Ironic similarity of Iranian women to Iranian Baha'i's


by Faramarz_Fateh

For the past 400 years, except for a short period during the reign of the great Reza Shah and his useless son, Iranian women have been second class citizens.  From forced wearing of the hijab, whether its full chador or roosari to a whole host of other things that most of us Iranian men have known and know about but haven't given enough crap to correct; examples are laws of divorce, inheritance, jobs, salaries, mandatory husband permission to do many things, custody etc etc.

Bottom line, if you ask most women in Iran if they feel equal to men, the answer is NO.  Women have been systematically oppressed via teachings of Islam and men have benefited from this for at least 4 centuries.  But, Iranian women have done everything they could to counter this systematic attempt.  Some examples:  Hijab has now been transformed to "mAnto and roosari" and the roosari sometimes covers 2/3 of their hair at best.  Women now constitute 60% of university students.  Women between ages of 28-38 are significantly more computer savy than their male counterparts.  A lot more single Iranian women have been able to leave Iran via marriage and attend universities in Europe and Canada, henece making women the "more" educated sex in Iran.

I know that the IRI elements who scoure the web for anti regime info to counter will make this sound as if the IRI actually promoted all these good things for women of Iran; to enable them.  But most of us know that is a big crock of crap.  Women have done this inspite of the government attempts to oppress them.  Ask this of any woman in Iran and you'll get to the truth.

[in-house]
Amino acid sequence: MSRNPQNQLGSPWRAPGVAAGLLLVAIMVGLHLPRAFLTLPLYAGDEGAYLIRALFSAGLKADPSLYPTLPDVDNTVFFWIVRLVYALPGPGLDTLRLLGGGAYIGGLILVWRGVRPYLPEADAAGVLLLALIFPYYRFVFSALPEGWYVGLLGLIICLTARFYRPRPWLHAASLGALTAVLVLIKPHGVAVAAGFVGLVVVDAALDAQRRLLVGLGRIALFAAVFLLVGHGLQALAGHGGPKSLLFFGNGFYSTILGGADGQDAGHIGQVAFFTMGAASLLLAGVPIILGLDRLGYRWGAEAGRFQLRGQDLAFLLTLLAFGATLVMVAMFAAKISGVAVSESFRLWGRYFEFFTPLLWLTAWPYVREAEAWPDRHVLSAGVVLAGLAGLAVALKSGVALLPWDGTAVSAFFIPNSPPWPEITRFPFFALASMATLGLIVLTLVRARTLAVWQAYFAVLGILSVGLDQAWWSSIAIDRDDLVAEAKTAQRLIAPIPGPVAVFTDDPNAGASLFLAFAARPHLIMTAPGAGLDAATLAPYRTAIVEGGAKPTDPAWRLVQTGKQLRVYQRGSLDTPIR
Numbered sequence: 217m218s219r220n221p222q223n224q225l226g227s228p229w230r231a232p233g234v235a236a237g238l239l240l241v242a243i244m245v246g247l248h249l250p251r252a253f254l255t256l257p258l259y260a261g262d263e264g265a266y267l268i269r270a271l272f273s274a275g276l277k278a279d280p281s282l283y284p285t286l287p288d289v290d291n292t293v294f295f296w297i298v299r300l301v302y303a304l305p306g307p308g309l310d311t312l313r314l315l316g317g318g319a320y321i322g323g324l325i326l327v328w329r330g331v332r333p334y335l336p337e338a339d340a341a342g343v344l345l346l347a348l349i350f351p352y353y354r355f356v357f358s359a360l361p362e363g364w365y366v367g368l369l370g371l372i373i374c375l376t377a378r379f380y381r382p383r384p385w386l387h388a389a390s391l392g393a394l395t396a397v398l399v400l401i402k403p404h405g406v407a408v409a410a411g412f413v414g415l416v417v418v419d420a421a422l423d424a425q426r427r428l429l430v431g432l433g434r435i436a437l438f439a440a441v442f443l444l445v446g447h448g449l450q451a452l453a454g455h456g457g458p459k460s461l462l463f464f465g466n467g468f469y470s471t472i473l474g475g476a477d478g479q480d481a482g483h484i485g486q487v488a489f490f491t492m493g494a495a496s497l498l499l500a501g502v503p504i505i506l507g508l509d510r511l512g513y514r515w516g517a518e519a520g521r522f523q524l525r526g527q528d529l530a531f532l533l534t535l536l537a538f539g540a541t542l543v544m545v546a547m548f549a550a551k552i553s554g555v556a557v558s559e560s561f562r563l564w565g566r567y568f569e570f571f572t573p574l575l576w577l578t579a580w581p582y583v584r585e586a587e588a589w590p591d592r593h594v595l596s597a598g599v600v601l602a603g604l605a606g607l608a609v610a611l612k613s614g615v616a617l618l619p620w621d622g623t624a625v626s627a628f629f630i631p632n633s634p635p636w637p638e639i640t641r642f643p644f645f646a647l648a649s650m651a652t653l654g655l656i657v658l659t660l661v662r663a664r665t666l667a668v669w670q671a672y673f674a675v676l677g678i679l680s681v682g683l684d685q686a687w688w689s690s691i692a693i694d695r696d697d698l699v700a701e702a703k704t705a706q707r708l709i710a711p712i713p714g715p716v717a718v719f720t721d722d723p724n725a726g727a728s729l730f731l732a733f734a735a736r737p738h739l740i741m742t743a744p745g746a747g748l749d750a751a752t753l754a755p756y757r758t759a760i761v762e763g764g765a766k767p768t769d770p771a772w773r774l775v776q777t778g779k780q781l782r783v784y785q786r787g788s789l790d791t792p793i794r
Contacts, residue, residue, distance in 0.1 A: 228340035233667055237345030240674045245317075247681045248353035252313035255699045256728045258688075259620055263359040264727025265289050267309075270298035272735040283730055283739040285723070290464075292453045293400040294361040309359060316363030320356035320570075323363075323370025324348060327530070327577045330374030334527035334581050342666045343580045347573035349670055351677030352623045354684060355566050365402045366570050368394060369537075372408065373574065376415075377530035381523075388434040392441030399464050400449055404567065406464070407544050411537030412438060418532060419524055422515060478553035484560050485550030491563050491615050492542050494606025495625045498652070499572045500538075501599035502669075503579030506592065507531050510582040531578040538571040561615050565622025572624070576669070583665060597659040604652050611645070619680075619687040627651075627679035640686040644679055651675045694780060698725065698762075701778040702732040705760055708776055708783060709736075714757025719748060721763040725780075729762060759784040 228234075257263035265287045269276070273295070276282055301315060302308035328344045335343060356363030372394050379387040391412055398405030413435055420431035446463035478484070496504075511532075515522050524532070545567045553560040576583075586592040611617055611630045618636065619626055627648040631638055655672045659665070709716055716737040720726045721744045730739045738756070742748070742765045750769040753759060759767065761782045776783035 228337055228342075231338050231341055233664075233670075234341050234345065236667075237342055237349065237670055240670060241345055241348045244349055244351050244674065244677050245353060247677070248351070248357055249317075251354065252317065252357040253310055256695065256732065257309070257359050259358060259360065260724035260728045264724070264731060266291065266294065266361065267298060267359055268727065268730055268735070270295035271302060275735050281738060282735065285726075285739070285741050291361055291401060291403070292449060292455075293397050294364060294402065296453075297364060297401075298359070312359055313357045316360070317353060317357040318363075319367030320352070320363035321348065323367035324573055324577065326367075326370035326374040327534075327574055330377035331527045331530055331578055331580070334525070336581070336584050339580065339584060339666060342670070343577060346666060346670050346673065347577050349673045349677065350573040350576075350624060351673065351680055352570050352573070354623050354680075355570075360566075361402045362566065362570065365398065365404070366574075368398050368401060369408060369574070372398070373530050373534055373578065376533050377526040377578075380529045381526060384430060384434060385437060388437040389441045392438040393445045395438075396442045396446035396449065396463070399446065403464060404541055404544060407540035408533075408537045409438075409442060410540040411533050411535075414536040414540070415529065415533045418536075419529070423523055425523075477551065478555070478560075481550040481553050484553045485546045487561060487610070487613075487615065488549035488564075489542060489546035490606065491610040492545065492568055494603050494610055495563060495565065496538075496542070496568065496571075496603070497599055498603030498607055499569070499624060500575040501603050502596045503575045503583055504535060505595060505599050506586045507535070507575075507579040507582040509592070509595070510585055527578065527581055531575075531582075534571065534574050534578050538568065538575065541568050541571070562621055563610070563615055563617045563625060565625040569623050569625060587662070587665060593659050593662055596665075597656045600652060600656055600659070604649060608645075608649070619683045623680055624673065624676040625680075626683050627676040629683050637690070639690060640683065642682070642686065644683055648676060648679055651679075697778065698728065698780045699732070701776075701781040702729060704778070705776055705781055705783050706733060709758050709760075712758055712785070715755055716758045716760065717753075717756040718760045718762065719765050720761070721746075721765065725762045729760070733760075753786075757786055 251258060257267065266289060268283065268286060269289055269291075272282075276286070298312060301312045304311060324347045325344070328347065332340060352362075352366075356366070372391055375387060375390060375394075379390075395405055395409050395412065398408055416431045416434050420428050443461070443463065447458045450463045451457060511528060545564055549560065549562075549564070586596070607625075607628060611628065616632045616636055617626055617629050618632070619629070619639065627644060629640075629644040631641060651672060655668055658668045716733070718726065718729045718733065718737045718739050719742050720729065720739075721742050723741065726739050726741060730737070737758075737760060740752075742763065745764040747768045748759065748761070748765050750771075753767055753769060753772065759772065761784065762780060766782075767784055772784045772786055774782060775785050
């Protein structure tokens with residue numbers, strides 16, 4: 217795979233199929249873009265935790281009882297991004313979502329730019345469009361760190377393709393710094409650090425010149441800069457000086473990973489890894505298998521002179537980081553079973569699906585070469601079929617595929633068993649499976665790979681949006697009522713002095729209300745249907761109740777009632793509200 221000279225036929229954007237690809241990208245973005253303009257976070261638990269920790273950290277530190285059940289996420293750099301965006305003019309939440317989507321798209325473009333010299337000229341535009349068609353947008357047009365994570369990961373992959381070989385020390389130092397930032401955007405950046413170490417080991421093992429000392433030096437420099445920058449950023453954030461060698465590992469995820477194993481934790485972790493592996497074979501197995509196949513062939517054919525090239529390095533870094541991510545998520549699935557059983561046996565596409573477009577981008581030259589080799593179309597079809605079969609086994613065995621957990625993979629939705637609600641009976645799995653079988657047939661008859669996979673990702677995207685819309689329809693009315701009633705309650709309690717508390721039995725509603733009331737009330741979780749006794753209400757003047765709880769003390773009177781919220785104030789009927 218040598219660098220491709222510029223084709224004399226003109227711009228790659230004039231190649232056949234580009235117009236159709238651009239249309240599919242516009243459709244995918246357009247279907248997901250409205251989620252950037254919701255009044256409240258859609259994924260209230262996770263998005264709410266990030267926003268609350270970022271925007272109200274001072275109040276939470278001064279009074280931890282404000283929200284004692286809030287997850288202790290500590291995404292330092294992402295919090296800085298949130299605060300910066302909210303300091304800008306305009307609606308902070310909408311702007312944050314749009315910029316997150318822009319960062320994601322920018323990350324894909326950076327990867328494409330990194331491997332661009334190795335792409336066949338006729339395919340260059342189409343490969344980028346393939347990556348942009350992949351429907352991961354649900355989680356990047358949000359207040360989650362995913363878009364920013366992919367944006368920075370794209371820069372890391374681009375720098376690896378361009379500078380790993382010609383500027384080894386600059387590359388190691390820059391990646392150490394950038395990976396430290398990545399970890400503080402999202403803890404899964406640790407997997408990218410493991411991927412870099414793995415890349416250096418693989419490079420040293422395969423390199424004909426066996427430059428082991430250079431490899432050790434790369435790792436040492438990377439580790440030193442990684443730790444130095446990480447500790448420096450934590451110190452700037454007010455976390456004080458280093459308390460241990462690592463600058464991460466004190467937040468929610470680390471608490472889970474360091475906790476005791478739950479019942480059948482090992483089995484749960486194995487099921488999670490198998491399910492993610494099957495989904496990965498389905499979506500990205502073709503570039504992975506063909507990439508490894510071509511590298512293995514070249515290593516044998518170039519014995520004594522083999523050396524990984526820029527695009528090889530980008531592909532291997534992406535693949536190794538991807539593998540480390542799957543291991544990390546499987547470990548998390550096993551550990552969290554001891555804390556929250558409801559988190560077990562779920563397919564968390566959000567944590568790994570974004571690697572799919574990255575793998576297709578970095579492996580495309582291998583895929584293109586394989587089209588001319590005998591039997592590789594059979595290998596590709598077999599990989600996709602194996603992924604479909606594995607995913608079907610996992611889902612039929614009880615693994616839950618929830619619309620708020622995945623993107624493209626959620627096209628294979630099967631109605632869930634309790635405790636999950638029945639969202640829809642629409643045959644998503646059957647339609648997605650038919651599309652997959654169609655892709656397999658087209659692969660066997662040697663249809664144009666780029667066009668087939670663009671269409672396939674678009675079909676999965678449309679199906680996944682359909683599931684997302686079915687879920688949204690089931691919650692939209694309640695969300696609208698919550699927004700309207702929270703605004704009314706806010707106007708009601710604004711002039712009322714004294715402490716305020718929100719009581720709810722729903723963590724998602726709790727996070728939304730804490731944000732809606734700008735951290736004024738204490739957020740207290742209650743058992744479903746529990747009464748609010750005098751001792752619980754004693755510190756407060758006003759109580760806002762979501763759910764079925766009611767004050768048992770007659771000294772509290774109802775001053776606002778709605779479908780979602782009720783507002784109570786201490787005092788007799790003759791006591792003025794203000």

Until the revolution, Bahais were, on a relative scale, more educated than the general public.  A somewhat disproportionate % of them were doctors, university profs, architechts and industrialists; Sabet Pasal (first broadcast TV station, Pepsi factory), Arjmand family (Arj HVAC company) were a couple examples.  Since the very first weeks of the so called revolution of 1980 and the formation of the Islamic Republic, the government of IRI has systematically done everything possible to make second class citizens out of the Bahais. 

The steps taken included but were not limited to:  1) confiscation of real and personal property  2) prohibition of work in public or private enterprieses  3) prohibition of enterance into institutes of higher eductaion (public or private universities)  4) creation of an atmosphere of fear and in some cases encouragement to leave Iran.

To some extent the IRI goverment has succeeded.  Until the revolution, 1 out of every 35-45 people in Iran was a Bahai.  Now that figure is less than 1 out of every 250-350.  There are no university professors, less than 100 doctors and 0 Bahai industrialists in Iran.  Less than 25% of Bahai youth can get a university education (Bahais attend online university courses but due to government crack down it takes 7-8 years to finish a BA/BS degree).

If it was any other group besides the Bahais, 95% of them would have left Iran and the other 5% would have lived in destitude.

Just like the Iranian women, the Bahais have persevered 30 years of atrocities and have become stronger.

Like I have said many times before, until and unless women and Bahais are given their due rights, nothing will ever change in Iran.



more from Faramarz_Fateh

On the same page !

by alborz on

The Baha'i Scriptures states that ...

"...religion must be the source of fellowship, the cause of unity and the nearness of God to man. If it rouses hatred and strife, it is evident that absence of religion is preferable and an irreligious man is better than one who professes it.", and,

“The earth is but one country and mankind its citizens”.



The only religion

by Cost-of-Progress on

I once saw this on a bumper sticker. The religion part caught my attention most:

"Earth is my country and to do good is my religion".




by Anonym on